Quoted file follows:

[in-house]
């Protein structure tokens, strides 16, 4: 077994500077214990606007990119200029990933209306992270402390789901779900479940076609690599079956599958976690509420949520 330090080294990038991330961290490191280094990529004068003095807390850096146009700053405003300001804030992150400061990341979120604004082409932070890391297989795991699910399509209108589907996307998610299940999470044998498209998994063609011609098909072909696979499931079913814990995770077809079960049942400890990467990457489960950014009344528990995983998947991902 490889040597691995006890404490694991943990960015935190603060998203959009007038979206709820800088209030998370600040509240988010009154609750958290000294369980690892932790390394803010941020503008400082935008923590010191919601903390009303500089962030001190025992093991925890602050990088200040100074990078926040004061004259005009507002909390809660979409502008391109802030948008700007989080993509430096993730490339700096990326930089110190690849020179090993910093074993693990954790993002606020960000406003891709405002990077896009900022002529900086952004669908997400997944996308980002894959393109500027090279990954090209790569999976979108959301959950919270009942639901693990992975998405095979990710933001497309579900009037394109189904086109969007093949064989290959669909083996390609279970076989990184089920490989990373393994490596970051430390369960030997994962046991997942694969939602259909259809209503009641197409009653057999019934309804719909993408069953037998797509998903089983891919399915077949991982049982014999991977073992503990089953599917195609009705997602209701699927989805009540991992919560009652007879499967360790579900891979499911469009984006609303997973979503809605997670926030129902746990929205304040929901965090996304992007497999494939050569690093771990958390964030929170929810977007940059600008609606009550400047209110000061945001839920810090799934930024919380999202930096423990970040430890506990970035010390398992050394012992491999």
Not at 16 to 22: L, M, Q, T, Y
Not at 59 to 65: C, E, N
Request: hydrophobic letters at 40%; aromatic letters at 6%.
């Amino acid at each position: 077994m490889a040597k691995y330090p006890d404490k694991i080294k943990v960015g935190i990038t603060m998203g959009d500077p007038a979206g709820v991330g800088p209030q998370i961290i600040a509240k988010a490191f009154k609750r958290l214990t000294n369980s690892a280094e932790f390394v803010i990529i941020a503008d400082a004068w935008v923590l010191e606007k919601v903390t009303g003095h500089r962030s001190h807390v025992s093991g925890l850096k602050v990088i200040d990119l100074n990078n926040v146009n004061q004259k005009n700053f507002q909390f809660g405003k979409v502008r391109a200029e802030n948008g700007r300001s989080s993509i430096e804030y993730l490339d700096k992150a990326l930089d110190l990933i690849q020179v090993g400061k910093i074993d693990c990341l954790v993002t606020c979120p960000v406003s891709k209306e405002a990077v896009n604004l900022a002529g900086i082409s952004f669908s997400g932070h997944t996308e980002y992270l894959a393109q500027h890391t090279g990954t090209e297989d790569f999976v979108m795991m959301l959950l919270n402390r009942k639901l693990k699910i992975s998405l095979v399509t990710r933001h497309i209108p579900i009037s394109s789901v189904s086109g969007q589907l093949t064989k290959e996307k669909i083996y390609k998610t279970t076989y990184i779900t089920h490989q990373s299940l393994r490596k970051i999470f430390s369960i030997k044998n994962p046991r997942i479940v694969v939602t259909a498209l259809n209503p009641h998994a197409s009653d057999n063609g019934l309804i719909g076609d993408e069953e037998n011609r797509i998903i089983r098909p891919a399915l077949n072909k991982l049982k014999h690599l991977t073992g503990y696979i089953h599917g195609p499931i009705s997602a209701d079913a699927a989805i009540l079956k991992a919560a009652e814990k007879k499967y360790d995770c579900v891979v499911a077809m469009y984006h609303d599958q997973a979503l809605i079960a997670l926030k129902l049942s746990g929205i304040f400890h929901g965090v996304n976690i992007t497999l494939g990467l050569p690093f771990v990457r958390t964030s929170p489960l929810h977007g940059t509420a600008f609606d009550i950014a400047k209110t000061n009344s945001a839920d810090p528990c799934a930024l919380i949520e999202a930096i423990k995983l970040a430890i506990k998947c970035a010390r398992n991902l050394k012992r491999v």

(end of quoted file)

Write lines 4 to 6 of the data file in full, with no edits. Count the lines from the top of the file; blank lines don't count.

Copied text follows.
Not at 59 to 65: C, E, N
Request: hydrophobic letters at 40%; aromatic letters at 6%.
């Amino acid at each position: 077994m490889a040597k691995y330090p006890d404490k694991i080294k943990v960015g935190i990038t603060m998203g959009d500077p007038a979206g709820v991330g800088p209030q998370i961290i600040a509240k988010a490191f009154k609750r958290l214990t000294n369980s690892a280094e932790f390394v803010i990529i941020a503008d400082a004068w935008v923590l010191e606007k919601v903390t009303g003095h500089r962030s001190h807390v025992s093991g925890l850096k602050v990088i200040d990119l100074n990078n926040v146009n004061q004259k005009n700053f507002q909390f809660g405003k979409v502008r391109a200029e802030n948008g700007r300001s989080s993509i430096e804030y993730l490339d700096k992150a990326l930089d110190l990933i690849q020179v090993g400061k910093i074993d693990c990341l954790v993002t606020c979120p960000v406003s891709k209306e405002a990077v896009n604004l900022a002529g900086i082409s952004f669908s997400g932070h997944t996308e980002y992270l894959a393109q500027h890391t090279g990954t090209e297989d790569f999976v979108m795991m959301l959950l919270n402390r009942k639901l693990k699910i992975s998405l095979v399509t990710r933001h497309i209108p579900i009037s394109s789901v189904s086109g969007q589907l093949t064989k290959e996307k669909i083996y390609k998610t279970t076989y990184i779900t089920h490989q990373s299940l393994r490596k970051i999470f430390s369960i030997k044998n994962p046991r997942i479940v694969v939602t259909a498209l259809n209503p009641h998994a197409s009653d057999n063609g019934l309804i719909g076609d993408e069953e037998n011609r797509i998903i089983r098909p891919a399915l077949n072909k991982l049982k014999h690599l991977t073992g503990y696979i089953h599917g195609p499931i009705s997602a209701d079913a699927a989805i009540l079956k991992a919560a009652e814990k007879k499967y360790d995770c579900v891979v499911a077809m469009y984006h609303d599958q997973a979503l809605i079960a997670l926030k129902l049942s746990g929205i304040f400890h929901g965090v996304n976690i992007t497999l494939g990467l050569p690093f771990v990457r958390t964030s929170p489960l929810h977007g940059t509420a600008f609606d009550i950014a400047k209110t000061n009344s945001a839920d810090p528990c799934a930024l919380i949520e999202a930096i423990k995983l970040a430890i506990k998947c970035a010390r398992n991902l050394k012992r491999v």